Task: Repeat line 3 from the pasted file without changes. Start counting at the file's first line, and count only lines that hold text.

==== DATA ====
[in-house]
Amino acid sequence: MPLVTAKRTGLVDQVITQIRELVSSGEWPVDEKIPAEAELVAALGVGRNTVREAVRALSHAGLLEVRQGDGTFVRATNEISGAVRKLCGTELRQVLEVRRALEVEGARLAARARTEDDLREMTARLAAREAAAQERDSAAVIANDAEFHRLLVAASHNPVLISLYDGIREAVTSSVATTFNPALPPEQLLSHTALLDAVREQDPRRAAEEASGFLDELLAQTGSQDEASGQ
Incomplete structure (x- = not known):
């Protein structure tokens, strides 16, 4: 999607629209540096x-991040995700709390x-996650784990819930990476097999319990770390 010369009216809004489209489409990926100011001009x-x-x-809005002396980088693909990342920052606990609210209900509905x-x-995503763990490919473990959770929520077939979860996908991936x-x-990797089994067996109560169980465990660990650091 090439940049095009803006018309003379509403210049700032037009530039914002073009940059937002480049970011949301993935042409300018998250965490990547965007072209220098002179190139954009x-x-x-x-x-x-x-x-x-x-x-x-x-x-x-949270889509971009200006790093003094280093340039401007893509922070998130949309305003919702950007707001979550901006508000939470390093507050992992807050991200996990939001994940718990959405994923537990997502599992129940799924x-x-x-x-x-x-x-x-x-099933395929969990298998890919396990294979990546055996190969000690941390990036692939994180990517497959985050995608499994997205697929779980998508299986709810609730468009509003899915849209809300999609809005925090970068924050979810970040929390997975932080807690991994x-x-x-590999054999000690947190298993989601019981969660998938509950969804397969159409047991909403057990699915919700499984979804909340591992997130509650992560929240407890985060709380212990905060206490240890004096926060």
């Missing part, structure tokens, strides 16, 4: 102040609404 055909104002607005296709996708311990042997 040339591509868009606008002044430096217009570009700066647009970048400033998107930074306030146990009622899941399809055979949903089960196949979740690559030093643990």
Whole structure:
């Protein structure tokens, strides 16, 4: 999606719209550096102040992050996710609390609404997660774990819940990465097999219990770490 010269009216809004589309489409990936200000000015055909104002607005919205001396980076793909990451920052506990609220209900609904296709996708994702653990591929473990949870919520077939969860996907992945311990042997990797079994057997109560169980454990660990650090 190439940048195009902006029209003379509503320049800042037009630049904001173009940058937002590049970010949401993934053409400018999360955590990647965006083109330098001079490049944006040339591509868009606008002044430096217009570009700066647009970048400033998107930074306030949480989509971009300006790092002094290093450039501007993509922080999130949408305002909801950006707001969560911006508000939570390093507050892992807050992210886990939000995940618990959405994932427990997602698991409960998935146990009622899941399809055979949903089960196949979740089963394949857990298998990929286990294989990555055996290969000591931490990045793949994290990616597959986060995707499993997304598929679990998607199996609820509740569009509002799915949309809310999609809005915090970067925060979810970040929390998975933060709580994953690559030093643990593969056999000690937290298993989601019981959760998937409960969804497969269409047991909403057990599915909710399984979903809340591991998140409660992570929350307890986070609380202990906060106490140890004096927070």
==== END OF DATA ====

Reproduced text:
Incomplete structure (x- = not known):